Dehydrating Butter | How to Dehydrate Butter Step-by-Step

Dehydrating butter isn’t as simple as popping slices of butter into a dehydrator. Butter is mostly fat, and you can’t dehydrate fat because it doesn’t have water. There is no water in fat for a dehydrator to remove. So, we have to prepare butter a little bit to be effective in the dehydrator and to turn it into butter powder.

It can be a useful technique for those who want to stock up on butter, or for those who prefer to have a longer shelf life for their pantry items. By following these steps, you can dehydrate butter at home and enjoy it for months to come.

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Why Dehydrate Butter?

Butter isn’t exactly at the top of the list of popular foods to dehydrate. Butter has several challenges when it comes to dehydration that you will need to consider and be aware of. But dehydrated butter powder has many uses and benefits:

  1. Extended Shelf Life: Dehydrated butter can be stored for much longer than fresh butter, making it a useful ingredient to have on hand for long-term storage.
  2. Easier to Move and Store: Dehydrated butter is lightweight and takes up less space than fresh butter, making it easier to pack and store in a pantry, camping gear, or emergency kit.
  3. Add Flavor to Dishes: Dehydrated butter can be used to add a rich, buttery flavor to dishes without adding moisture.
  4. Use as a Seasoning: Dehydrated butter can be crumbled or grated and used as a seasoning or topping for dishes like popcorn, vegetables, or pasta.
  5. Baking Recipes: Dehydrated butter can be easier to mix into dry ingredients for baking, as it won’t clump or melt like fresh butter can.

Back to the challenges though.

First off, butter doesn’t contain much water, to begin with. It is mostly fat so there is very little moisture to be pulled out. In order to dehydrate butter and have it in a usable texture, like a powder, we can pull out a clever trick and add milk solids.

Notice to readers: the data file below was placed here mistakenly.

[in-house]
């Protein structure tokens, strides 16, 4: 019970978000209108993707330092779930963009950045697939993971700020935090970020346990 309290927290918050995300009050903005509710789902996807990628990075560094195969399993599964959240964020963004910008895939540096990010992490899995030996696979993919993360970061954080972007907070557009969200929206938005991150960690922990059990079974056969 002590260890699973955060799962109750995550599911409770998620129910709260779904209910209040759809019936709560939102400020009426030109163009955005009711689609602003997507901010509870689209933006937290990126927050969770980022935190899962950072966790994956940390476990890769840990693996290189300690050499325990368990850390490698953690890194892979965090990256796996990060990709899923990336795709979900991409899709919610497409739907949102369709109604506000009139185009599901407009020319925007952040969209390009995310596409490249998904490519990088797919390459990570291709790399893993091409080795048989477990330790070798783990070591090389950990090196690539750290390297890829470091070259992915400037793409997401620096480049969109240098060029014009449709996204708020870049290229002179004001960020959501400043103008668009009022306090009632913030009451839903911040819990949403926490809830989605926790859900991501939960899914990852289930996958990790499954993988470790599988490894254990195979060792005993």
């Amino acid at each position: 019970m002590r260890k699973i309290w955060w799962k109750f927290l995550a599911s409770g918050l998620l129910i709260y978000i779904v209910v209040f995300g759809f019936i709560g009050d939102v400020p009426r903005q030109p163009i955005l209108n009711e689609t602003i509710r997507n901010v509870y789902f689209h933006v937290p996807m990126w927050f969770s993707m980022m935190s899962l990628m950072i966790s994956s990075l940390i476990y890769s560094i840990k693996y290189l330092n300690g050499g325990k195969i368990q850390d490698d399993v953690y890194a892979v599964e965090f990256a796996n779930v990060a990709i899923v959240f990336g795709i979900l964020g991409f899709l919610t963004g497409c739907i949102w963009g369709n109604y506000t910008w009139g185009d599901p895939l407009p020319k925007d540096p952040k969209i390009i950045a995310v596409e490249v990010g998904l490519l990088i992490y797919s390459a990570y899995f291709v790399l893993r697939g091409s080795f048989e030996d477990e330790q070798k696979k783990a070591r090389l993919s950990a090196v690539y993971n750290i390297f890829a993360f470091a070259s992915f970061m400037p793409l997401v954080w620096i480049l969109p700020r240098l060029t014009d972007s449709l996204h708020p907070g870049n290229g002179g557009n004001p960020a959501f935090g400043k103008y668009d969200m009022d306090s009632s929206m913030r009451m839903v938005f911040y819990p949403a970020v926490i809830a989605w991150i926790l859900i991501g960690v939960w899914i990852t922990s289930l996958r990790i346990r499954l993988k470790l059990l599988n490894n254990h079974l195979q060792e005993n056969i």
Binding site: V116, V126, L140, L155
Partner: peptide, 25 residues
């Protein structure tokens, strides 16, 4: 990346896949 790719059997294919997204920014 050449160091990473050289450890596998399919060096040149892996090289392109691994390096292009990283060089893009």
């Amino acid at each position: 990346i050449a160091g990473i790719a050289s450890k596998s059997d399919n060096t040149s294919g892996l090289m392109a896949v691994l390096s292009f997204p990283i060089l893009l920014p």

Supplies Needed

The first step, of course, is to gather your materials. To dehydrate butter, you’ll need:

  • Butter
  • Powdered Milk
  • Water
  • Pot
  • Dehydrator
  • Parchment paper or tray liners
  • Airtight storage container or mylar bag with oxygen absorbers.

Depending on your dehydrator brand and model, the times and temperatures may vary. We’ve already researched and tested the best, so refer to our dehydrator review guide for more info.

Cosori Food Dehydrator
Wallaby Mylar Bags
FreshUs Oxygen Absorbers

Preparing Butter for the Dehydrator

You won’t be successful chucking butter sticks into your dehydrator- you need to prep it first.

  1. Melt 2 lbs butter: Melt two pounds of butter (4 cups or 8 sticks) in a pot.
  2. Add 2 cups milk powder: Add two cups of milk powder to the melted butter.
  3. Add 2 cups water: Add two cups of water to the melted butter.
  4. Thoroughly mix: Blend or stir until it has a whipped texture.

From there you’ll just need to pour the butter mixture into a thin layer on a lined tray.

Dehydrating Butter

With the butter already prepped, the rest is a breeze. Here are the step-by-step instructions on how to dehydrate butter:

  1. Gather your supplies: Get your butter mix, dehydrator, and dehydrator trays ready.